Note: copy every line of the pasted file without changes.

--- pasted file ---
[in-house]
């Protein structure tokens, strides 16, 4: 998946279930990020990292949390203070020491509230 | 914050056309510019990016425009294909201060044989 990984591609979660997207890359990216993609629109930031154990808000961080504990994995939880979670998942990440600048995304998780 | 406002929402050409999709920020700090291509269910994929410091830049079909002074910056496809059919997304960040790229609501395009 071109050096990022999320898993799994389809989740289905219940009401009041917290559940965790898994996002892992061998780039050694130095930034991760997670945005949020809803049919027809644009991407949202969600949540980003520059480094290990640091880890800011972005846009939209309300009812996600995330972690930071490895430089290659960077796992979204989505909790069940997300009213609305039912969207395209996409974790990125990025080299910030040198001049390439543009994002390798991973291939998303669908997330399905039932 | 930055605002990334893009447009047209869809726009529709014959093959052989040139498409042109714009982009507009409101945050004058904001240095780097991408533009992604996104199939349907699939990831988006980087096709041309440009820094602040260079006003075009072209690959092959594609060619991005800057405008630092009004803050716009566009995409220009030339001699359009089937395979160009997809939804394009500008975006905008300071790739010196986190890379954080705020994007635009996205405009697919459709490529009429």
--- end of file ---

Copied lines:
[in-house]
């Protein structure tokens, strides 16, 4: 998946279930990020990292949390203070020491509230 | 914050056309510019990016425009294909201060044989 990984591609979660997207890359990216993609629109930031154990808000961080504990994995939880979670998942990440600048995304998780 | 406002929402050409999709920020700090291509269910994929410091830049079909002074910056496809059919997304960040790229609501395009 071109050096990022999320898993799994389809989740289905219940009401009041917290559940965790898994996002892992061998780039050694130095930034991760997670945005949020809803049919027809644009991407949202969600949540980003520059480094290990640091880890800011972005846009939209309300009812996600995330972690930071490895430089290659960077796992979204989505909790069940997300009213609305039912969207395209996409974790990125990025080299910030040198001049390439543009994002390798991973291939998303669908997330399905039932 | 930055605002990334893009447009047209869809726009529709014959093959052989040139498409042109714009982009507009409101945050004058904001240095780097991408533009992604996104199939349907699939990831988006980087096709041309440009820094602040260079006003075009072209690959092959594609060619991005800057405008630092009004803050716009566009995409220009030339001699359009089937395979160009997809939804394009500008975006905008300071790739010196986190890379954080705020994007635009996205405009697919459709490529009429």